- I am a below knee amputee. More importantly, I am also Mommy to two boys, a very active 10 year old (Robby) and an mischievous toddler (Timmy). I have learned that being a parent with a disability can create some unusual and sometimes humorous situations. This blogger is available for hire! Let's talk and learn how a blog can expand your business.
Monday, May 21, 2012
My Hunger Games Moment
Unfortunately, the events of Sunday have forced me to postpone my writing about the clinic and my speech. Yesterday, in an effort to soak up some sun and get the yard cleaned, I set out to work in our woods. After about an hour cleaning out the brush with the sling blade, I was beginning to feel like I was "in the zone." I should have known better than to pat myself on my back.
I tried to bring down a small thorn bush when I saw a large insect in my peripheral vision. The bug kept buzzing around my face and, although I tried to move out of his way, he seemed determined to sting me. I tried to bat him away from my face when he stung my left eye brow. Everything after this incident is a bit of a blur.
I remember grabbing my face and bending down. When I looked up I saw what looked like hundreds of bees swarming up from the ground. In an instant I was surrounded by angry bees, all trying to sting me. I can only assume that I whacked their nest with my blade, and they were seeking revenge.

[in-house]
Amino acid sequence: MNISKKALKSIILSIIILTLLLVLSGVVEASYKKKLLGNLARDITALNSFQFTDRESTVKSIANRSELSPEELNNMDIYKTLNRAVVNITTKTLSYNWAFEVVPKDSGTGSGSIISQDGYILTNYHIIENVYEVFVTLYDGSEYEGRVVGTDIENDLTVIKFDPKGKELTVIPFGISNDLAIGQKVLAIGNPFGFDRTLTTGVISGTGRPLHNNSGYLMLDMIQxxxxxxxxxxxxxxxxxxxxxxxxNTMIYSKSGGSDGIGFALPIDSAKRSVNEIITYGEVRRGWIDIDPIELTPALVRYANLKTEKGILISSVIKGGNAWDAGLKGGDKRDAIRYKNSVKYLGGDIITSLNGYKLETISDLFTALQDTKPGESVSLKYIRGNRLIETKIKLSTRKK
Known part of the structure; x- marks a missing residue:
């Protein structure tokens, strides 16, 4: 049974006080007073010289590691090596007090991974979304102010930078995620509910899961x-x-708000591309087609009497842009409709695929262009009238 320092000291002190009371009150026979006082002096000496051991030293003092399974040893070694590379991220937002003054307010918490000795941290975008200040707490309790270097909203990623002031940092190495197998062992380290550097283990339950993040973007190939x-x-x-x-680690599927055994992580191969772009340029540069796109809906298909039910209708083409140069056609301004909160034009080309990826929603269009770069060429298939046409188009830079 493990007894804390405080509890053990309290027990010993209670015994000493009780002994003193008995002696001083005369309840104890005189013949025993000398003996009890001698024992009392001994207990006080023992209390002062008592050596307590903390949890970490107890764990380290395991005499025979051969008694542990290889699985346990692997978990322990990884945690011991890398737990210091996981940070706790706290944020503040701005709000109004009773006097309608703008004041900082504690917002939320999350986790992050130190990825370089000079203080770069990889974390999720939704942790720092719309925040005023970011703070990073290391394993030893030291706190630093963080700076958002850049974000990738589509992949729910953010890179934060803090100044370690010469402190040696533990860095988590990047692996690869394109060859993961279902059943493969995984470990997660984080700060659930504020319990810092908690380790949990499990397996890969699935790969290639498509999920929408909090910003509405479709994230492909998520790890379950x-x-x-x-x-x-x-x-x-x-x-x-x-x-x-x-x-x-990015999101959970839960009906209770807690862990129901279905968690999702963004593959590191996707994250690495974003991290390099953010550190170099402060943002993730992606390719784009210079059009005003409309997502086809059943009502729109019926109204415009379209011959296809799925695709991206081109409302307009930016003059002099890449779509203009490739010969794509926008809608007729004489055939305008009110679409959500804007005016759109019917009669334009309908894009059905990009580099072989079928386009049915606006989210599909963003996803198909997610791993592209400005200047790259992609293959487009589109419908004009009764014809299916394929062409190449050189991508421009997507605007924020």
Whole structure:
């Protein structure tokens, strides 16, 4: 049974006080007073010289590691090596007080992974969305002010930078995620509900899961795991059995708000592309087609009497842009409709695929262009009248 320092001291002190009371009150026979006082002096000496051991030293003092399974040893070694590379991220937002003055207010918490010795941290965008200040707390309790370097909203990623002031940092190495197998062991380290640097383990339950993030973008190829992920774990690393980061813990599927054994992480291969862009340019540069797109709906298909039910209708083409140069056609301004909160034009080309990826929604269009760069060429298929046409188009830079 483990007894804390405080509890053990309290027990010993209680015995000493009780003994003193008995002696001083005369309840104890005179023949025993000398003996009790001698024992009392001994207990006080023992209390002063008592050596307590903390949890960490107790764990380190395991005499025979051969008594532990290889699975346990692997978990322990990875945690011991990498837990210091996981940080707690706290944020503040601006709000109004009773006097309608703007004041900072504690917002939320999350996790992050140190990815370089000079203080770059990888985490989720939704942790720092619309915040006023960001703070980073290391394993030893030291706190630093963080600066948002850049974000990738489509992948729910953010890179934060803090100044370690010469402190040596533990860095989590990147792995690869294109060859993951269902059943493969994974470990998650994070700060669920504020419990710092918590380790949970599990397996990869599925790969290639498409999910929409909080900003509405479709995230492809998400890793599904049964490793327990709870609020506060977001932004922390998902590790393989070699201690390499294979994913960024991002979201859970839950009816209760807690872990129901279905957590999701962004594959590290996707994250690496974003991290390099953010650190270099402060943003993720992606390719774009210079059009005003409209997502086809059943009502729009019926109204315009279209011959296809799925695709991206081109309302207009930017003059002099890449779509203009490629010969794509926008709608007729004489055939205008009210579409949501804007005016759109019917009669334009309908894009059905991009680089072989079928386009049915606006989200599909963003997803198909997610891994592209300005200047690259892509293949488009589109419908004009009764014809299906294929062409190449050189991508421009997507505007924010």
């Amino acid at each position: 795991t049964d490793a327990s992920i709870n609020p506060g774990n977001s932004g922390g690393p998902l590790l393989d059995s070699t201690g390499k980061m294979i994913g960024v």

I was being stung on the scalp and neck as I tried to flee. My prosthetic became entwined in the very bush I was trying to bring down, and I fell. The furious insects began to gorge on my bum.
After making it out of the woods and away from the swarm, I was not in good shape. I fainted (I thought from the pain) and Scott took me to the hospital. I protested because I am not allergic to bees. I stopped complaining when my throat began to swell, making it extraordinarily difficult to swallow and breath.
Within moments of pulling into the emergency room drop-off area, I was being attended to simultaneously by at least 8 people. IV's were started in both arms, numerous shots were given as I breathed some foul smelling substance through the mask. The doctors stopped counting the stings when they identified at least 20 marks.
I am thankful for the doctors and nurses at the hospital. They were competent, kind, and calm. I received the best treatment possible, and after a few hours I was released.
Right now I feel toxic. I'm swollen, sore, and itchy. I'm also incredibly grateful that it was me who found the nest and not Robby. I shudder to think of what the ramifications would have been had he been stung so severely. Despite the stings, I know that we were all very lucky!
I am officially retiring my landscaping duties. I am calling an exterminator this morning to clear out the nests. (Scott found some of the flying assassins. At an inch in size, we have now identified them as yellow jackets, not bees.) My birthday present to myself this year is the landscaper who I am hiring to finish making the woods a safe place to play. I never want to experience that horror again; I felt like I was living through a scene from The Hunger Games!
at 6:23 AM